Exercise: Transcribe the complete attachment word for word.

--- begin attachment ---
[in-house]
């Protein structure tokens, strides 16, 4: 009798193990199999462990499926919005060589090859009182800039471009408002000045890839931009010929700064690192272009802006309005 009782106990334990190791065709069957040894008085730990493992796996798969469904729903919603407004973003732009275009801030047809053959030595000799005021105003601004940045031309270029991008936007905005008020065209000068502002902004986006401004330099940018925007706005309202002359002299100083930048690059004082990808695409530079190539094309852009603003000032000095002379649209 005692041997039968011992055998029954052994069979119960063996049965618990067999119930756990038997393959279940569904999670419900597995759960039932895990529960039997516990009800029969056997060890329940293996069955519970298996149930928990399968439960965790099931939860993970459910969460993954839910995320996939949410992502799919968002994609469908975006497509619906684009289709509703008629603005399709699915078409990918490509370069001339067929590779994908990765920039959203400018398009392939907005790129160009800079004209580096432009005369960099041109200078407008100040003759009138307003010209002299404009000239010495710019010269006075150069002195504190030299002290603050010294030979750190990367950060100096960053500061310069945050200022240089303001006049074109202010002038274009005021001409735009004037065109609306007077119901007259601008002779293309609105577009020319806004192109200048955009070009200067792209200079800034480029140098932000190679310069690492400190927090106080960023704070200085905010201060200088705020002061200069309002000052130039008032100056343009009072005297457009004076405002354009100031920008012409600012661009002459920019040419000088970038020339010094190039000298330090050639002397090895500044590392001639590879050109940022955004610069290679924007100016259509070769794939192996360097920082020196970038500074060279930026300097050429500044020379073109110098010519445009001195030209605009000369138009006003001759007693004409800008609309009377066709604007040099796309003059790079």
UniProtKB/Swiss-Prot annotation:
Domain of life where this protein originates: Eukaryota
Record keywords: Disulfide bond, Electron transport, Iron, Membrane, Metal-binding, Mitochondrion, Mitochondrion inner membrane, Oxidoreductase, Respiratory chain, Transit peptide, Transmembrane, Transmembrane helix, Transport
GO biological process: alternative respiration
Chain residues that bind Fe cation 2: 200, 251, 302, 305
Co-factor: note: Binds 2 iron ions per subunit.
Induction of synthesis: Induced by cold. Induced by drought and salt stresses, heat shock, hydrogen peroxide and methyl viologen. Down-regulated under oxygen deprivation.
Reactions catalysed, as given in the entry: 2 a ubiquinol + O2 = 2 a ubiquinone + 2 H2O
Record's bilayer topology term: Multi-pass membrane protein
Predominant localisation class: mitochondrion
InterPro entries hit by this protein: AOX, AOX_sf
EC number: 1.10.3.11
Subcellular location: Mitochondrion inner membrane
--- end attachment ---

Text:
[in-house]
């Protein structure tokens, strides 16, 4: 009798193990199999462990499926919005060589090859009182800039471009408002000045890839931009010929700064690192272009802006309005 009782106990334990190791065709069957040894008085730990493992796996798969469904729903919603407004973003732009275009801030047809053959030595000799005021105003601004940045031309270029991008936007905005008020065209000068502002902004986006401004330099940018925007706005309202002359002299100083930048690059004082990808695409530079190539094309852009603003000032000095002379649209 005692041997039968011992055998029954052994069979119960063996049965618990067999119930756990038997393959279940569904999670419900597995759960039932895990529960039997516990009800029969056997060890329940293996069955519970298996149930928990399968439960965790099931939860993970459910969460993954839910995320996939949410992502799919968002994609469908975006497509619906684009289709509703008629603005399709699915078409990918490509370069001339067929590779994908990765920039959203400018398009392939907005790129160009800079004209580096432009005369960099041109200078407008100040003759009138307003010209002299404009000239010495710019010269006075150069002195504190030299002290603050010294030979750190990367950060100096960053500061310069945050200022240089303001006049074109202010002038274009005021001409735009004037065109609306007077119901007259601008002779293309609105577009020319806004192109200048955009070009200067792209200079800034480029140098932000190679310069690492400190927090106080960023704070200085905010201060200088705020002061200069309002000052130039008032100056343009009072005297457009004076405002354009100031920008012409600012661009002459920019040419000088970038020339010094190039000298330090050639002397090895500044590392001639590879050109940022955004610069290679924007100016259509070769794939192996360097920082020196970038500074060279930026300097050429500044020379073109110098010519445009001195030209605009000369138009006003001759007693004409800008609309009377066709604007040099796309003059790079």
UniProtKB/Swiss-Prot annotation:
Domain of life where this protein originates: Eukaryota
Record keywords: Disulfide bond, Electron transport, Iron, Membrane, Metal-binding, Mitochondrion, Mitochondrion inner membrane, Oxidoreductase, Respiratory chain, Transit peptide, Transmembrane, Transmembrane helix, Transport
GO biological process: alternative respiration
Chain residues that bind Fe cation 2: 200, 251, 302, 305
Co-factor: note: Binds 2 iron ions per subunit.
Induction of synthesis: Induced by cold. Induced by drought and salt stresses, heat shock, hydrogen peroxide and methyl viologen. Down-regulated under oxygen deprivation.
Reactions catalysed, as given in the entry: 2 a ubiquinol + O2 = 2 a ubiquinone + 2 H2O
Record's bilayer topology term: Multi-pass membrane protein
Predominant localisation class: mitochondrion
InterPro entries hit by this protein: AOX, AOX_sf
EC number: 1.10.3.11
Subcellular location: Mitochondrion inner membrane